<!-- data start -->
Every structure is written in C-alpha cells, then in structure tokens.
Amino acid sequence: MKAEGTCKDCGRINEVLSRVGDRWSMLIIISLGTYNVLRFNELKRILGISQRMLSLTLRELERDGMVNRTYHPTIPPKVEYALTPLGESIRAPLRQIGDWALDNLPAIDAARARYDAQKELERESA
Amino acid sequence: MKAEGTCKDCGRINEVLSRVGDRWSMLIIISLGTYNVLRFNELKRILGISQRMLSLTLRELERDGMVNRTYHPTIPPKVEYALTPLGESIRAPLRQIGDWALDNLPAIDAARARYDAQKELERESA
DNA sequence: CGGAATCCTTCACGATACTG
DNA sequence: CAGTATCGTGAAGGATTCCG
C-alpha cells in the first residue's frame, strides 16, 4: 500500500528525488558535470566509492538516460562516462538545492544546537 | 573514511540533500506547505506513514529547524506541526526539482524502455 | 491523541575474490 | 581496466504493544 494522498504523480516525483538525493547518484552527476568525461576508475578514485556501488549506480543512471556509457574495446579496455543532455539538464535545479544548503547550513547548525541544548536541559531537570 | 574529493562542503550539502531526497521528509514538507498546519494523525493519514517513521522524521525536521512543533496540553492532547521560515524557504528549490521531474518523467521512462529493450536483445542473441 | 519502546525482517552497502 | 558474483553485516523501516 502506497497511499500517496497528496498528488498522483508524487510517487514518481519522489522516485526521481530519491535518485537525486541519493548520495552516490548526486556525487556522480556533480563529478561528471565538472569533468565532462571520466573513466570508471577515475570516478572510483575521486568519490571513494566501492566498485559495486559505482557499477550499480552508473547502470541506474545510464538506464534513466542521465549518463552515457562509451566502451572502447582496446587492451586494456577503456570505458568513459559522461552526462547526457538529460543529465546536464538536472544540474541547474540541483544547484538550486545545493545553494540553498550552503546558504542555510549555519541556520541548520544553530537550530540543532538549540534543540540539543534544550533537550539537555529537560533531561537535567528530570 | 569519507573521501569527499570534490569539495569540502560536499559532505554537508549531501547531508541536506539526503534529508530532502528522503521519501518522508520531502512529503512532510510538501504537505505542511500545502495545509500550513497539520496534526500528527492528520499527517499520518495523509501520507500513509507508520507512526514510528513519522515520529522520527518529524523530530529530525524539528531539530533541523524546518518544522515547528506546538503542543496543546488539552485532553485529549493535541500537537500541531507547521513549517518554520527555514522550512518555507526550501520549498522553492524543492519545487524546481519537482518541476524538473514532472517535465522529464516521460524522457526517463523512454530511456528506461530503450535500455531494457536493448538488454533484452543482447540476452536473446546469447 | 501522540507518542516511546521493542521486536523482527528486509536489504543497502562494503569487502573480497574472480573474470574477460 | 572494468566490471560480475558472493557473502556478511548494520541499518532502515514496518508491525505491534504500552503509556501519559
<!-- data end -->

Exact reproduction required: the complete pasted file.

Every structure is written in C-alpha cells, then in structure tokens.
Amino acid sequence: MKAEGTCKDCGRINEVLSRVGDRWSMLIIISLGTYNVLRFNELKRILGISQRMLSLTLRELERDGMVNRTYHPTIPPKVEYALTPLGESIRAPLRQIGDWALDNLPAIDAARARYDAQKELERESA
Amino acid sequence: MKAEGTCKDCGRINEVLSRVGDRWSMLIIISLGTYNVLRFNELKRILGISQRMLSLTLRELERDGMVNRTYHPTIPPKVEYALTPLGESIRAPLRQIGDWALDNLPAIDAARARYDAQKELERESA
DNA sequence: CGGAATCCTTCACGATACTG
DNA sequence: CAGTATCGTGAAGGATTCCG
C-alpha cells in the first residue's frame, strides 16, 4: 500500500528525488558535470566509492538516460562516462538545492544546537 | 573514511540533500506547505506513514529547524506541526526539482524502455 | 491523541575474490 | 581496466504493544 494522498504523480516525483538525493547518484552527476568525461576508475578514485556501488549506480543512471556509457574495446579496455543532455539538464535545479544548503547550513547548525541544548536541559531537570 | 574529493562542503550539502531526497521528509514538507498546519494523525493519514517513521522524521525536521512543533496540553492532547521560515524557504528549490521531474518523467521512462529493450536483445542473441 | 519502546525482517552497502 | 558474483553485516523501516 502506497497511499500517496497528496498528488498522483508524487510517487514518481519522489522516485526521481530519491535518485537525486541519493548520495552516490548526486556525487556522480556533480563529478561528471565538472569533468565532462571520466573513466570508471577515475570516478572510483575521486568519490571513494566501492566498485559495486559505482557499477550499480552508473547502470541506474545510464538506464534513466542521465549518463552515457562509451566502451572502447582496446587492451586494456577503456570505458568513459559522461552526462547526457538529460543529465546536464538536472544540474541547474540541483544547484538550486545545493545553494540553498550552503546558504542555510549555519541556520541548520544553530537550530540543532538549540534543540540539543534544550533537550539537555529537560533531561537535567528530570 | 569519507573521501569527499570534490569539495569540502560536499559532505554537508549531501547531508541536506539526503534529508530532502528522503521519501518522508520531502512529503512532510510538501504537505505542511500545502495545509500550513497539520496534526500528527492528520499527517499520518495523509501520507500513509507508520507512526514510528513519522515520529522520527518529524523530530529530525524539528531539530533541523524546518518544522515547528506546538503542543496543546488539552485532553485529549493535541500537537500541531507547521513549517518554520527555514522550512518555507526550501520549498522553492524543492519545487524546481519537482518541476524538473514532472517535465522529464516521460524522457526517463523512454530511456528506461530503450535500455531494457536493448538488454533484452543482447540476452536473446546469447 | 501522540507518542516511546521493542521486536523482527528486509536489504543497502562494503569487502573480497574472480573474470574477460 | 572494468566490471560480475558472493557473502556478511548494520541499518532502515514496518508491525505491534504500552503509556501519559